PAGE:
Common Buckeye Butterfly (Junonia coenia)
Detailing the identifying qualities of the Common Buckeye Butterfly, including physical features and territorial reach.
Updated: 2/17/2018; Authored By Staff Writer; Content ©www.InsectIdentification.org
The Common Buckeye Butterfly has numerous bold eyespots on its forewing that resembles a 'buck's eye'.
The Common Buckeye is a member of the diverse Brush-footed Butterfly family. This means it is related to the Monarch, Viceroy, Malachite, and the Fritillary subfamily. The front pair of legs of these butterflies are very short and almost so difficult to see that many people only count 4 legs at first glance. In addition to their diminutive length, the front pair of legs are also covered in short bristles, or hairs, like a hair brush. Common Buckeyes are mostly brown and have one small and one large black-and-blue eyespot on every wing. These eyespots are ringed in orange and black. Two prominent orange bands on each forewing are near the head with a thick ivory band that encompasses the larger eyespot. Orange and light brown form a border at the bottom edges of the wings. The underside of the forewings are less ornate, retaining two medium-sized eyespots on a brown wing. Each antennae has a small knob at the tip.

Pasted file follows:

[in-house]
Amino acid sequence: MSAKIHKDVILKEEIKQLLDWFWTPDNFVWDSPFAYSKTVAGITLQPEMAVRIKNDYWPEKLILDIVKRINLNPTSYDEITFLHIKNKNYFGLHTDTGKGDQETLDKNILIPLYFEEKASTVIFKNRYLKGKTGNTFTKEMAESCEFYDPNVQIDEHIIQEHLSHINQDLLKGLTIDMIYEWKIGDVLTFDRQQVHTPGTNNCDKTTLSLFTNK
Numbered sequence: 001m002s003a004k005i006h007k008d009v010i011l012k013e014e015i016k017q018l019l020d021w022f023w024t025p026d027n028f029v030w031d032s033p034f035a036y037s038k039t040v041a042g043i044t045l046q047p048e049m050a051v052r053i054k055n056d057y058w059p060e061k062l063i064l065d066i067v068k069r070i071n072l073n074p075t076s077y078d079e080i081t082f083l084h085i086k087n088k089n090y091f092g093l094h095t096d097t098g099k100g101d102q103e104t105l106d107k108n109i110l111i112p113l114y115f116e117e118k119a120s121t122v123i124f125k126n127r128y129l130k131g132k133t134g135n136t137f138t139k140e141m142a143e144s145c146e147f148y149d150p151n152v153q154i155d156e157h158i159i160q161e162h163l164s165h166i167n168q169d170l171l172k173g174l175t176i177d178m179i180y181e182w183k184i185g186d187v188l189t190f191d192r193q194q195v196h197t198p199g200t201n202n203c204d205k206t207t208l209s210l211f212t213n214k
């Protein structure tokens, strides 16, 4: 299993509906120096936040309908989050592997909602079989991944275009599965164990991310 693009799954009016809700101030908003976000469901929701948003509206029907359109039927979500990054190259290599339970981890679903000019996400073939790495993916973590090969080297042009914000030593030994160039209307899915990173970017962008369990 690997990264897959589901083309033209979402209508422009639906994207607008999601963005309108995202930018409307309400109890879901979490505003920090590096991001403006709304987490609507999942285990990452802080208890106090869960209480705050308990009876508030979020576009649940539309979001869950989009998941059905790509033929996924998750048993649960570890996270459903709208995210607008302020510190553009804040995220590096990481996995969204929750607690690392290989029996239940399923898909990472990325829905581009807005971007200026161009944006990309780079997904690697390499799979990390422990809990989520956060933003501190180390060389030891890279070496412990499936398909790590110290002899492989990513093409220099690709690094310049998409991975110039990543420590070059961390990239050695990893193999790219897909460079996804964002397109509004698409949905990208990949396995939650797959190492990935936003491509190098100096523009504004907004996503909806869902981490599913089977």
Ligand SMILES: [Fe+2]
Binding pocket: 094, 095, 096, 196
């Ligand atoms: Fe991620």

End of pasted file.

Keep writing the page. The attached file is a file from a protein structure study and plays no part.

Though seen occasionally as far north as Canada and the northern U.S. states, the Common Buckeye does not breed there. They prefer warmer states and can breed up to 4 times a year in warmer climates. They usually reside in open land. Males are very territorial and will fly out at anything that passes too closely. The caterpillar is a black color with white and orange lines and stripes. It also has black bristles sticking out on the dorsal (back) side at each pair of legs. These caterpillars love to feed on plants from the plantain, verbena, figwort, snapdragon, monkey flower, and stonecrop families.